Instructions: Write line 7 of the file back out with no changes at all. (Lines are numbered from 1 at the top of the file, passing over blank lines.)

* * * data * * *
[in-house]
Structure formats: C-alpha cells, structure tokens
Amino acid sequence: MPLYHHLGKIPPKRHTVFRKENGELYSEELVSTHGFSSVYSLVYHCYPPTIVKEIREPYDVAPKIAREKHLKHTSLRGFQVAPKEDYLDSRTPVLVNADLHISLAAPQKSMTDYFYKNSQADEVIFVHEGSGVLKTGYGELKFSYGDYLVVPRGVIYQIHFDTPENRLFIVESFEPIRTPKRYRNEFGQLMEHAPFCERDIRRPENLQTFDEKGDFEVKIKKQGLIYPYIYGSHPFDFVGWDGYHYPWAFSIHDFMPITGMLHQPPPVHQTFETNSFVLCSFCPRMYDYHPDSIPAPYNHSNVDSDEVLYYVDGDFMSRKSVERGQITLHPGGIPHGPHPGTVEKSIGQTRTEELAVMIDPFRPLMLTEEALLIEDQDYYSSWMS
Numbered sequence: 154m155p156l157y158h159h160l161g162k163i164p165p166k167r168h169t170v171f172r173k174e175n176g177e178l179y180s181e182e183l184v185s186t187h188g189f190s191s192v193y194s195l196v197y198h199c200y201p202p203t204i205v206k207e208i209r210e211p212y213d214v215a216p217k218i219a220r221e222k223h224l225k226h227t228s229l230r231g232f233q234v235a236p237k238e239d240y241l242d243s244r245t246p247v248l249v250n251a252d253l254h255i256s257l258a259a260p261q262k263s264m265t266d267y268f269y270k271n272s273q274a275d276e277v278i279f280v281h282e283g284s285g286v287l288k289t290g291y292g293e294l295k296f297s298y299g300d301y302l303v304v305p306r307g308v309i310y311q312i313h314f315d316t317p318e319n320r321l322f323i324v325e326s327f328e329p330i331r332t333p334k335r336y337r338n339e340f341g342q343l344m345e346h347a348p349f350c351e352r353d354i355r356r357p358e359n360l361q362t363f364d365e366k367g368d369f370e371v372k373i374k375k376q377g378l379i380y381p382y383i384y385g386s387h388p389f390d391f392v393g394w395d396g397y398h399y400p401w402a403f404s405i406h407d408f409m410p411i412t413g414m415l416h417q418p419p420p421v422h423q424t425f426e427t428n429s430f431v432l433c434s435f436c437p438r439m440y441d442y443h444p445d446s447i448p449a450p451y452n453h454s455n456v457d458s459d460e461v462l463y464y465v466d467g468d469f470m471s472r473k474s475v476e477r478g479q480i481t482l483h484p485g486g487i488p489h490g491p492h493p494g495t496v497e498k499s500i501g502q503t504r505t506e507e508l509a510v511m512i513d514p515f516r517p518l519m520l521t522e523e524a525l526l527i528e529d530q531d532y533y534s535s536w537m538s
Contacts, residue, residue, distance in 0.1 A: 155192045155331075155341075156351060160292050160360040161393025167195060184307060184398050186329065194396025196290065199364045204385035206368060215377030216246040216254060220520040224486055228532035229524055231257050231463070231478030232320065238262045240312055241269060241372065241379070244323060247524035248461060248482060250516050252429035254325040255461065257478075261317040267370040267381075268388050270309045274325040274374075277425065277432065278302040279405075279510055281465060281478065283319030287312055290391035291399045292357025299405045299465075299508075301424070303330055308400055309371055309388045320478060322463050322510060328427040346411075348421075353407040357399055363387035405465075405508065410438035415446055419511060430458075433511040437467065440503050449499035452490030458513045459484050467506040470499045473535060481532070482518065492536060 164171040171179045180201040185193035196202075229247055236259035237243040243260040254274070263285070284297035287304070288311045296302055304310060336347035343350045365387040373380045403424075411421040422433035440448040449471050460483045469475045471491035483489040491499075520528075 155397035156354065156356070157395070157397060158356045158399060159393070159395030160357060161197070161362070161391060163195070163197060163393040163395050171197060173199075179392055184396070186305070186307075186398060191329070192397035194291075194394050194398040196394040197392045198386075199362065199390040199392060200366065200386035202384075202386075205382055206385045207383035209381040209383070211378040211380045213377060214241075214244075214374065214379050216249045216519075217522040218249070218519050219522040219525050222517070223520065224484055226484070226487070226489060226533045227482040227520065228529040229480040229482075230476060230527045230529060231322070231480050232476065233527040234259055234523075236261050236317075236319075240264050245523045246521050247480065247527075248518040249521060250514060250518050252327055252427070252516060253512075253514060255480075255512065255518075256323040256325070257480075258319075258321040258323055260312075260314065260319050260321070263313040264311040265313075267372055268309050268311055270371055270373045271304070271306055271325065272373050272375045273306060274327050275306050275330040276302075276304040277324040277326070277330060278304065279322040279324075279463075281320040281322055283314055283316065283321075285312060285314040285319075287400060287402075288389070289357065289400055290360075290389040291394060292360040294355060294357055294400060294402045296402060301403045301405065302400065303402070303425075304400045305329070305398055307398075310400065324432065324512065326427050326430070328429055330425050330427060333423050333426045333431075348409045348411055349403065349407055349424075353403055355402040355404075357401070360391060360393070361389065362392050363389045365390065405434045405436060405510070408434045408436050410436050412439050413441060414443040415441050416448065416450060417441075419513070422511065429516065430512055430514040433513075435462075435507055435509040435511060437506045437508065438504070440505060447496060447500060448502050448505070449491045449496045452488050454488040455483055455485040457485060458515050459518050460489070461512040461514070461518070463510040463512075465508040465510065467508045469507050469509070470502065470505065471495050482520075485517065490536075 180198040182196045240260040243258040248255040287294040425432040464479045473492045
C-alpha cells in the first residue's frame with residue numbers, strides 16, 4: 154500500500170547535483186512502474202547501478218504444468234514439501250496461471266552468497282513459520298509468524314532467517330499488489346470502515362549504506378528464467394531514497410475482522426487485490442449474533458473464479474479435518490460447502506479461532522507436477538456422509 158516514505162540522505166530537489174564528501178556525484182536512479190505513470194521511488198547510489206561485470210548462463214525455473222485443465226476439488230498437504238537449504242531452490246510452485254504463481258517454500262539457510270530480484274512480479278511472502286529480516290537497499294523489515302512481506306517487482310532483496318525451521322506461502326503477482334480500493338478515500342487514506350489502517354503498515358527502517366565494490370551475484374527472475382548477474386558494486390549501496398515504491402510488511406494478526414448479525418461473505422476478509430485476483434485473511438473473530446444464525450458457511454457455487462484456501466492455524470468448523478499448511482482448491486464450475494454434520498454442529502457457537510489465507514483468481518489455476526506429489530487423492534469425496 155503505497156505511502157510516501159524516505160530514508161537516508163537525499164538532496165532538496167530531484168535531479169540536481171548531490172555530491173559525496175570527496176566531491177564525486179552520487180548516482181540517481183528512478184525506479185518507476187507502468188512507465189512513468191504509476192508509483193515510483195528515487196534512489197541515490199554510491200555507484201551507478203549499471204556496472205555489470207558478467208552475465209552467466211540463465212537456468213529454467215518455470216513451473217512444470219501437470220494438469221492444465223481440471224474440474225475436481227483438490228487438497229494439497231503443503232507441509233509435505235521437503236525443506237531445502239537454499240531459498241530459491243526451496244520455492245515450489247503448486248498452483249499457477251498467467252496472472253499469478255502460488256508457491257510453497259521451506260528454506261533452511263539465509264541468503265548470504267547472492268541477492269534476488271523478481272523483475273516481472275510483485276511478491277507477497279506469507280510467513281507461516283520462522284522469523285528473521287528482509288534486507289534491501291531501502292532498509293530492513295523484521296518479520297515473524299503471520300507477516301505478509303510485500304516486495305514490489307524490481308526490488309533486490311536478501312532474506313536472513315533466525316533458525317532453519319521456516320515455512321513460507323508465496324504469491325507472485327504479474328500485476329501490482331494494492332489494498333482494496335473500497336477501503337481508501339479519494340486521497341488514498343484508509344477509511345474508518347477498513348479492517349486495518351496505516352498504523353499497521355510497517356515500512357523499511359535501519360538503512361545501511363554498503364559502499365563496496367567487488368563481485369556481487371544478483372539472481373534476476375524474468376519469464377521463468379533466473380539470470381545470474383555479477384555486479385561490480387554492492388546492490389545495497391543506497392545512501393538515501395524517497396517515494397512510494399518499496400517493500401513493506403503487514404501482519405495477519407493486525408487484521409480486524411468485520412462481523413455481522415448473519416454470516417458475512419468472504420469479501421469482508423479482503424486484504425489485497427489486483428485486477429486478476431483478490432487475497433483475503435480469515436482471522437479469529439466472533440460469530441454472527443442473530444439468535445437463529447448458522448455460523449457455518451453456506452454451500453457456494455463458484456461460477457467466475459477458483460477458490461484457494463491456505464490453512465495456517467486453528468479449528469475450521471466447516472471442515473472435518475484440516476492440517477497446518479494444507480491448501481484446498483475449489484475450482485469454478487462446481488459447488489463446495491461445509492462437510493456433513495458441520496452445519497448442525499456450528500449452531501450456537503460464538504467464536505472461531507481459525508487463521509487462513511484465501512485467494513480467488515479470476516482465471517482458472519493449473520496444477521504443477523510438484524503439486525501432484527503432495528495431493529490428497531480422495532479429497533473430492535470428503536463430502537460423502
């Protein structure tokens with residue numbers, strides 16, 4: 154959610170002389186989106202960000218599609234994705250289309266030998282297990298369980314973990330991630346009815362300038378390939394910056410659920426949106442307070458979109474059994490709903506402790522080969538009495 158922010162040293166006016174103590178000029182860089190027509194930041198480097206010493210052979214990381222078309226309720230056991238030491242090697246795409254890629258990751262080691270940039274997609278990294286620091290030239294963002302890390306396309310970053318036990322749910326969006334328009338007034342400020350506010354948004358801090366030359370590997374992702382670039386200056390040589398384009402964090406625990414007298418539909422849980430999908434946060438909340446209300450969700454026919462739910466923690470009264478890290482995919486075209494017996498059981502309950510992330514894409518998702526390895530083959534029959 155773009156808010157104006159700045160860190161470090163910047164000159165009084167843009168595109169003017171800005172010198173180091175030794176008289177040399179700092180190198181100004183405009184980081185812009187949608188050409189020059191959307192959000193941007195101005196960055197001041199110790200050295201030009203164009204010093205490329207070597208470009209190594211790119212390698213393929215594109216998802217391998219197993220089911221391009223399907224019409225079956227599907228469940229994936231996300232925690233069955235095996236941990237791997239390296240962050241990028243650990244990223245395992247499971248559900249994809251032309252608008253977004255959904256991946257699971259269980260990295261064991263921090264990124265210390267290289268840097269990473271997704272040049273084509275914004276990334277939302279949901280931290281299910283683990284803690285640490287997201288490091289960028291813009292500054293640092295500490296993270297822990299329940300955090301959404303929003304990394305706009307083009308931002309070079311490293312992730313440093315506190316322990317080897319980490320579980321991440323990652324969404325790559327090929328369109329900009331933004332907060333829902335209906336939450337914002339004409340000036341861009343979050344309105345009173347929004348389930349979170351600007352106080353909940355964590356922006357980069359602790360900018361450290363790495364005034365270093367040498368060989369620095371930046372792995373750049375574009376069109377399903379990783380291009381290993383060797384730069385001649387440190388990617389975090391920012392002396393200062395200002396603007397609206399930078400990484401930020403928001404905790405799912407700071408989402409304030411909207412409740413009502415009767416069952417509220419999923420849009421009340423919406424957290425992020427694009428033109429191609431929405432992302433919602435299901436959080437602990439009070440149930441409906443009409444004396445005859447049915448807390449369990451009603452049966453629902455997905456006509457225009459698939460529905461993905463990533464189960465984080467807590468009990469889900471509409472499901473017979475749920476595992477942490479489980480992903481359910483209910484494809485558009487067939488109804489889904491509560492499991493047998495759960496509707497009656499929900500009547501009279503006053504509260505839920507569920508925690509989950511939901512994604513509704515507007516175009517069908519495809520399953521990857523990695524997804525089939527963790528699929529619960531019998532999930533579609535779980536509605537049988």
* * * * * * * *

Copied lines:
């Protein structure tokens with residue numbers, strides 16, 4: 154959610170002389186989106202960000218599609234994705250289309266030998282297990298369980314973990330991630346009815362300038378390939394910056410659920426949106442307070458979109474059994490709903506402790522080969538009495 158922010162040293166006016174103590178000029182860089190027509194930041198480097206010493210052979214990381222078309226309720230056991238030491242090697246795409254890629258990751262080691270940039274997609278990294286620091290030239294963002302890390306396309310970053318036990322749910326969006334328009338007034342400020350506010354948004358801090366030359370590997374992702382670039386200056390040589398384009402964090406625990414007298418539909422849980430999908434946060438909340446209300450969700454026919462739910466923690470009264478890290482995919486075209494017996498059981502309950510992330514894409518998702526390895530083959534029959 155773009156808010157104006159700045160860190161470090163910047164000159165009084167843009168595109169003017171800005172010198173180091175030794176008289177040399179700092180190198181100004183405009184980081185812009187949608188050409189020059191959307192959000193941007195101005196960055197001041199110790200050295201030009203164009204010093205490329207070597208470009209190594211790119212390698213393929215594109216998802217391998219197993220089911221391009223399907224019409225079956227599907228469940229994936231996300232925690233069955235095996236941990237791997239390296240962050241990028243650990244990223245395992247499971248559900249994809251032309252608008253977004255959904256991946257699971259269980260990295261064991263921090264990124265210390267290289268840097269990473271997704272040049273084509275914004276990334277939302279949901280931290281299910283683990284803690285640490287997201288490091289960028291813009292500054293640092295500490296993270297822990299329940300955090301959404303929003304990394305706009307083009308931002309070079311490293312992730313440093315506190316322990317080897319980490320579980321991440323990652324969404325790559327090929328369109329900009331933004332907060333829902335209906336939450337914002339004409340000036341861009343979050344309105345009173347929004348389930349979170351600007352106080353909940355964590356922006357980069359602790360900018361450290363790495364005034365270093367040498368060989369620095371930046372792995373750049375574009376069109377399903379990783380291009381290993383060797384730069385001649387440190388990617389975090391920012392002396393200062395200002396603007397609206399930078400990484401930020403928001404905790405799912407700071408989402409304030411909207412409740413009502415009767416069952417509220419999923420849009421009340423919406424957290425992020427694009428033109429191609431929405432992302433919602435299901436959080437602990439009070440149930441409906443009409444004396445005859447049915448807390449369990451009603452049966453629902455997905456006509457225009459698939460529905461993905463990533464189960465984080467807590468009990469889900471509409472499901473017979475749920476595992477942490479489980480992903481359910483209910484494809485558009487067939488109804489889904491509560492499991493047998495759960496509707497009656499929900500009547501009279503006053504509260505839920507569920508925690509989950511939901512994604513509704515507007516175009517069908519495809520399953521990857523990695524997804525089939527963790528699929529619960531019998532999930533579609535779980536509605537049988």